Considering ‘The Simpsons Movie’ Ten Years Later
When I first heard that there was finally going to be a Simpsons movie in 2006, I approached it with cautious optimism. On one hand, my favorite show of all time hitting the big screen had long been a dream of mine, but on the other, it was announced in the middle of season 17, roughly a decade beyond the show’s golden years. Would the movie live up to my highest expectations, or would it just prove that The Simpsons was better off being put out of its misery? Ten years after the film’s release, the truth lies somewhere in the middle.
First, let’s talk about what the movie does right. The plot is suitably epic for a full-length Simpsons feature, as it involves Homer ruining the environment of Springfield and being chased out of town by an angry mob for it. Homer’s scenes with Spider-Pig (AKA Harry Plopper) in the early parts of the film show Homer’s kinder side, reminding us that despite being a “pre-historic carnivore,” he can nonetheless show affection towards an animal. However, his laziness gets the better of him when he fails to properly dispose of Spider-Pig’s feces, polluting the lake with a silo of said excrement and leaving Springfield’s environment beyond repair. The writers deserve credit for knowing their character; what’s a more quintessentially Homer Simpson way for Homer to destroy his own town than poisoning it with pig crap because he’s too damn lazy to handle it properly?
The Simpsons Movie also benefits from having a great villain in Russ Cargill, played by Albert Brooks. Coming off like a slightly-less-evil Hank Scorpio, he rolls off a steady stream of one-liners that provide some of the strongest humor in the film (“Have you tried going mad without power? It’s boring; no one listens to you!”). He’s a lovable bad guy even when you root against him, and he counteracts some of the film’s surprisingly heavy moments.
Speaking of heavy, The Simpsons Movie’s most memorable and cathartic scene is also the darkest moment of Homer and Marge’s marriage. After the family flees to Alaska due to the mob of Springfieldians chasing Homer, Marge finds out that Springfield is about to be destroyed. She implores Homer to return to the scene of his crime to set things right. When he refuses, she’s so heartbroken that she leaves him by taping over their wedding video to record a breakup message. Julie Kavner’s anguished delivery really makes this scene; when she explains that she can no longer think of a reason to stay with her husband, she can barely get the words out. This scene carries the weight of every time Homer screwed up during the run of the show. This was the final straw, and even though Homer deserves every word of it, it still stings because we know everything they’ve gone through, and that despite Homer’s foolishness, he really does care.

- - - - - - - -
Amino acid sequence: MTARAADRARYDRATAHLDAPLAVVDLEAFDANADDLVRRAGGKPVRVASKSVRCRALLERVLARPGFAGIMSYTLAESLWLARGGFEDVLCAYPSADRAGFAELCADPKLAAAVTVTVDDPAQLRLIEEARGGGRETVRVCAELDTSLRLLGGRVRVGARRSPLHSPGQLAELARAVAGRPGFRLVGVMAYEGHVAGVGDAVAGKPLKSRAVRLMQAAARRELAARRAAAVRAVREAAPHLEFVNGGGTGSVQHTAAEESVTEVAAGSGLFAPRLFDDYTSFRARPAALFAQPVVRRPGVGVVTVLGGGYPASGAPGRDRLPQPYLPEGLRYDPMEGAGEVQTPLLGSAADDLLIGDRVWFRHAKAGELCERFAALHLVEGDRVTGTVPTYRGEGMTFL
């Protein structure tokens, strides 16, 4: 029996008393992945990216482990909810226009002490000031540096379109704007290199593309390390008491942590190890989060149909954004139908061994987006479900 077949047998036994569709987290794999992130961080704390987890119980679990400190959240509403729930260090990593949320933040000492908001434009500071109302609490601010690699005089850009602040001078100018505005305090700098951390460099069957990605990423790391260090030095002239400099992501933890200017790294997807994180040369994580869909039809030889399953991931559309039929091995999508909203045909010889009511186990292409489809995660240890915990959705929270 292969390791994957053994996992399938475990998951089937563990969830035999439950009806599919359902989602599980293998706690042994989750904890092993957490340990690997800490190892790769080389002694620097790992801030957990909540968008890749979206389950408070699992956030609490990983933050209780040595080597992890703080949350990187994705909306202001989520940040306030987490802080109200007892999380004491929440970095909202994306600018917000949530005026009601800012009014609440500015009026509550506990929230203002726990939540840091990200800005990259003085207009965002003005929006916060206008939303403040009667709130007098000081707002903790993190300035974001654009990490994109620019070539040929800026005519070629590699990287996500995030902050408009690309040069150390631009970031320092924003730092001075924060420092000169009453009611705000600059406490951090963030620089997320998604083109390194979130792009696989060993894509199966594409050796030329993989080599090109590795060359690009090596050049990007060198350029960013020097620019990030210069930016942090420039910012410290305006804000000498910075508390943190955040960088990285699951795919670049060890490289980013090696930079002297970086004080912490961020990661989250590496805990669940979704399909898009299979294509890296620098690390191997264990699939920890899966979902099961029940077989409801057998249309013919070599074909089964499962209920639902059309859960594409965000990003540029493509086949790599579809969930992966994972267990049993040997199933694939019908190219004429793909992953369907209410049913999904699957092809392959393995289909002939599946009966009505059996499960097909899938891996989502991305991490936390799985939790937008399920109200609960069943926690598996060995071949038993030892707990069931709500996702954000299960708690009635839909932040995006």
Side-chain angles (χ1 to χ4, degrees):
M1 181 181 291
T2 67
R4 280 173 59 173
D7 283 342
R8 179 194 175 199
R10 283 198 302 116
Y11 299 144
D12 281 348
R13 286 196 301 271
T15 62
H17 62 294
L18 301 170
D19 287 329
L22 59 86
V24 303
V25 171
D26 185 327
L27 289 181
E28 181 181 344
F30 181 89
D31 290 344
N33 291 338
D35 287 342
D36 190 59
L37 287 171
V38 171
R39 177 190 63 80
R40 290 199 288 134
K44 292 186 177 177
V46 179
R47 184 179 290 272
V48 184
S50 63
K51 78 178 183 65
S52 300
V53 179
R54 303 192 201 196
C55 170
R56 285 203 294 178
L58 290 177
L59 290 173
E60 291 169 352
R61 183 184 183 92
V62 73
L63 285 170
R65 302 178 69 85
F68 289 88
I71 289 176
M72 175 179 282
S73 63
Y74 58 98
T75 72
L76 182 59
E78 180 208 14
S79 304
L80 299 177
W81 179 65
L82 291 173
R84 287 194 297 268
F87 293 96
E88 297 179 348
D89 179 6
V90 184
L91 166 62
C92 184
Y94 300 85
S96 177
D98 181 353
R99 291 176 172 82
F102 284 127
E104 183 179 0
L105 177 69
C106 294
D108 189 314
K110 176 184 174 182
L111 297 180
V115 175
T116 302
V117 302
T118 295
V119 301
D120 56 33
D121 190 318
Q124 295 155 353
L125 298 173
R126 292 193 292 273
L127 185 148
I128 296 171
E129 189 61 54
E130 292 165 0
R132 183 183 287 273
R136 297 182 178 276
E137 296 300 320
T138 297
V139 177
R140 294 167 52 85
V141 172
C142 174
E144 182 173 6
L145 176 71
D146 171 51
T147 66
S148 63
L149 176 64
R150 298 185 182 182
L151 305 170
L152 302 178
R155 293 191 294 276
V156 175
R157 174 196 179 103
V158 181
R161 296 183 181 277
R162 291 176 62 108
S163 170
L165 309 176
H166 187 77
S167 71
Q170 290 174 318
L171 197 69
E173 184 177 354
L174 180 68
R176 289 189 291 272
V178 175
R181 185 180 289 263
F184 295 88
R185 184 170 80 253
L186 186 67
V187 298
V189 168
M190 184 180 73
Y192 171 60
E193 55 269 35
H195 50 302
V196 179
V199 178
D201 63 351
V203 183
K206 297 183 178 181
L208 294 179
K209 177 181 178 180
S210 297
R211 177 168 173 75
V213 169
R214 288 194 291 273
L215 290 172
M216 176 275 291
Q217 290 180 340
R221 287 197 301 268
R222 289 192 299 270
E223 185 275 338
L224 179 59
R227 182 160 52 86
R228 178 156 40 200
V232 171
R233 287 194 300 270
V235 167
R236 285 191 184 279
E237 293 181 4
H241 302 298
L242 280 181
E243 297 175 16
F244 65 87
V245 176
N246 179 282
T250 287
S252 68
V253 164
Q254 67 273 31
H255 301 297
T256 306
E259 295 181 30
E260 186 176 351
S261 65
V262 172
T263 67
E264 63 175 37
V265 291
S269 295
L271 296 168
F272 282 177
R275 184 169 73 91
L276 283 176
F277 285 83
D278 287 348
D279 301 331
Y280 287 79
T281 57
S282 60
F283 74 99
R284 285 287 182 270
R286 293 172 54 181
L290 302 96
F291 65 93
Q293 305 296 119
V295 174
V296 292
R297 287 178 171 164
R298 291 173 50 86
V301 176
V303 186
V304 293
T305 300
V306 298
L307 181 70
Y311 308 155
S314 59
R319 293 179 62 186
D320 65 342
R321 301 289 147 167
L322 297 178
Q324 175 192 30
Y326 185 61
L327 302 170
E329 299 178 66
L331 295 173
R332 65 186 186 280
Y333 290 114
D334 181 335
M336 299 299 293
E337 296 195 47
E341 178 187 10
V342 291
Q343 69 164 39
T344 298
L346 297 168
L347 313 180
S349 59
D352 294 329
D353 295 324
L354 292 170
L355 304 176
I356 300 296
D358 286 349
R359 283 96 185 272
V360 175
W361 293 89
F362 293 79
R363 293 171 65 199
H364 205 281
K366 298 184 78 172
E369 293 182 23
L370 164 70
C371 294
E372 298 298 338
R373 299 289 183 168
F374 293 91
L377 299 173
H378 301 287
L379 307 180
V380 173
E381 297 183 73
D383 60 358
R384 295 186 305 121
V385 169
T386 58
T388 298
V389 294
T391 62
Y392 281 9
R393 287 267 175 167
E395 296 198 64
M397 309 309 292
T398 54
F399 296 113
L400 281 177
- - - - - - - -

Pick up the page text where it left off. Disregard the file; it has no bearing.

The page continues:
That said, The Simpsons Movie could have done a lot have things better. Simpsons fans often complain about the rise of Jerkass Homer, where rather than being a naive doofus, he is deliberately harmful. Unfortunately, this phenomenon makes its way into the movie. His faux pas with the pig silo could be chalked up to classic Homer laziness, but when he dares Bart to skateboard around town naked, then refuses to vouch for him when he gets arrested, it brings back memories of the wretched season 15 episode “Co-Dependents’ Day,” where Homer frames Marge for a DUI. Homer’s childishness getting the better of him has long been a part of his character that we’ve come to understand, but he also refuses to take any accountability for his actions. Granted, he gets his comeuppance with Marge’s breakup video, but that doesn’t make these scenes any more bearable when they initially play out.
Elsewhere in the movie, the subplot where Bart begins to see Flanders as a better father figure than Homer is believable enough but never really fleshed out. The film explores this idea early on then abandons it before saying all that could be said. Plus, while Ned’s calamity makes him a stronger father figure than Homer, when Bart and Lisa were foster children by the Flanders in “Home Sweet Homediddly-Dum-Doodily,” he hated every minute of it. Why would the quintessential bad boy want to play Bible trivia and eat “nachos” made with cottage cheese? A better approach would have shown Bart so fed up with Homer’s antics that he finds Ned’s hyper-mundanity preferable. Instead, we see life at Ned’s portrayed as a fantasy land of lovingly prepared hot chocolate. (I thought the kids weren’t allowed to have sugar?) The idea of Bart dumping Homer for Ned works a lot better if life with the Flanders is portrayed consistently with how it had been portrayed on the show. Instead, the film forgets about this plot point halfway through, and never fully develops it.
The Simpsons Movie succeeds in some areas and fails in others, but ultimately, there’s enough going for it to warrant at least one viewing due to the abundance of great jokes and a few genuinely emotional moments. Unfortunately, it also suffers from some of the same flaws that mark the post-classic period. Homer is too much of an asshole and never earns his redemption, which instead is a mere symptom of the movie needing to be over. Watching The Simpsons Movie is a lot like watching one of the better recent episodes — there are elements of what made the show so great, and the odd joke that’s so funny it could’ve come from season 6. These elements never quite come together the way they did in the best Simpsons episodes, however, leaving fans to merely wonder what could have been.